For the quarter ending in March, the flooring retailer reported its fifth straight quarter of revenue declines and much deeper loses than expected. Same store sales declined nearly 14 percent in the recent quarter. The Q1 loss was reported as $32.4 million compared to a year-earlier loss $7.8 million. Expenses climbed 20 percent due to a $16 million charge related to a securities class action and a $13.5 million increase in in legal and professional fees.
The company shares have not lost more than half of their value over the past 12 months.
Once again, there is a need to focus on some takeaways. In its apparent zeal to reduce its lumber costs allegedly by 15 percent, the retailer appears to have paid a far higher price in customer loyalty, in subsequent added expenses and in shareholder value. With no recognized U.S. or global wide standards for indoor formaldehyde concentrations, the retailer was subject to varying consumer perceptions as to the overall safety and standards related to certain lines of flooring.
One year later, Lumber Liquidators remains under the looking glass, providing yet another example of how a supply chain focused disruption or snafu can have much more lingering effects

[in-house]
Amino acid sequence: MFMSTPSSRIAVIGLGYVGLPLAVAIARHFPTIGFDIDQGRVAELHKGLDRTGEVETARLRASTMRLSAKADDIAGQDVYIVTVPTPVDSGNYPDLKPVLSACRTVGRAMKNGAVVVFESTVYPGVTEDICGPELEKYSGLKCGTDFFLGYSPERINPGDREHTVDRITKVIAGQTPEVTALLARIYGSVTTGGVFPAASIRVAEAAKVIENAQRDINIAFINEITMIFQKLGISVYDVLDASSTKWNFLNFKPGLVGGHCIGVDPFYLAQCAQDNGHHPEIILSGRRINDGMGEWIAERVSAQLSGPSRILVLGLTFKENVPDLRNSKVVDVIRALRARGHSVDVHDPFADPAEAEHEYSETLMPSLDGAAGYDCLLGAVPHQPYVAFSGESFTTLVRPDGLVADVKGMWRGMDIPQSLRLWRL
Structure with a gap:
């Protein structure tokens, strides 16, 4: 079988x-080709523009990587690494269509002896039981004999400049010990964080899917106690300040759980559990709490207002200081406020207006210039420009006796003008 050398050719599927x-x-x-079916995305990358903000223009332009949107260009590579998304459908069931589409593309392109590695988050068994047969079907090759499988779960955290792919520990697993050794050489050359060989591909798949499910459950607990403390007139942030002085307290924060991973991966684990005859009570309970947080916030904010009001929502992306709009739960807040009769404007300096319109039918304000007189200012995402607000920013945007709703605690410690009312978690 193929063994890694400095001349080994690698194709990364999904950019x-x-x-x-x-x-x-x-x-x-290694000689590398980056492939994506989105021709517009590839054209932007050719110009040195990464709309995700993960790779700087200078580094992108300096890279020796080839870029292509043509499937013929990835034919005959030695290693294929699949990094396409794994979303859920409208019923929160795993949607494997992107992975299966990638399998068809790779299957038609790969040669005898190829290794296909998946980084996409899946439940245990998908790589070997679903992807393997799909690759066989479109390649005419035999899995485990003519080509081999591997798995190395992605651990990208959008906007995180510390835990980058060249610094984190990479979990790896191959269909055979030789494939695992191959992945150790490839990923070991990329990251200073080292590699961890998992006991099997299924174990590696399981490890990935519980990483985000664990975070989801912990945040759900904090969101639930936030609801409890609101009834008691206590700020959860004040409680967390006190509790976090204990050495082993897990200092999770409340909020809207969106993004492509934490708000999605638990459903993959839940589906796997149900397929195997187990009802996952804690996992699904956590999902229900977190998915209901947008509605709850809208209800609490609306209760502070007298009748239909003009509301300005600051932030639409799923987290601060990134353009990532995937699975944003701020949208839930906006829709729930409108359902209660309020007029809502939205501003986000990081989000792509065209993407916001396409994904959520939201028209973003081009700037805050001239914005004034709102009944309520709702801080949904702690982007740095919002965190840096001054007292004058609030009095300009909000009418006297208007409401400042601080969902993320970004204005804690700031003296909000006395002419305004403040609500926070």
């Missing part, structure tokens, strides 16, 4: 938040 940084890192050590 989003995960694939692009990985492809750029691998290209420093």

This is a Supply Chain Matters update commentary regarding Chipotle Mexican Grill, specifically efforts to address its ongoing food-safety challenge that not only threatens the restaurant chain’s value to its brand and to its investors, but on perceived quality risks in its farm to fork supply chain.
This week, the restaurant chain posted its first quarterly financial loss as a public company amid a nearly 30 percent reduction in same store sales. Total revenues were down 23.4 percent while net income dropped by $122.6 million. Operating margin dropped to 6.8 percent from just over 28 percent a year earlier due to what was described as higher marketing, waste and food testing costs.
In a previous February commentary, we observed that the restaurant chain had entered a new critical phase, one focused in rebuilding its brand integrity along with assuring that food safety practices were re-addressed across the supply chain and within its individual restaurants. In our mid-March commentary, we highlighted reports that seemed to put a different twist to the ongoing crisis. At the time, The Wall Street Journal citing informed sources, reported that the restaurant chain considered stepping back from the food safety changes touted back in February. Rather than conduct high-resolution DNA testing on a multiple of inbound supply ingredients, the plan was apparently to test only certain foods. Further reported was that the chain’s beef supplies would be pre-cooked in centralized kitchen facilities to insure that E.coli was eliminated, and then packaged in vacuum-sealed bags and shipped to local outlets where the product could be marinated and grilled.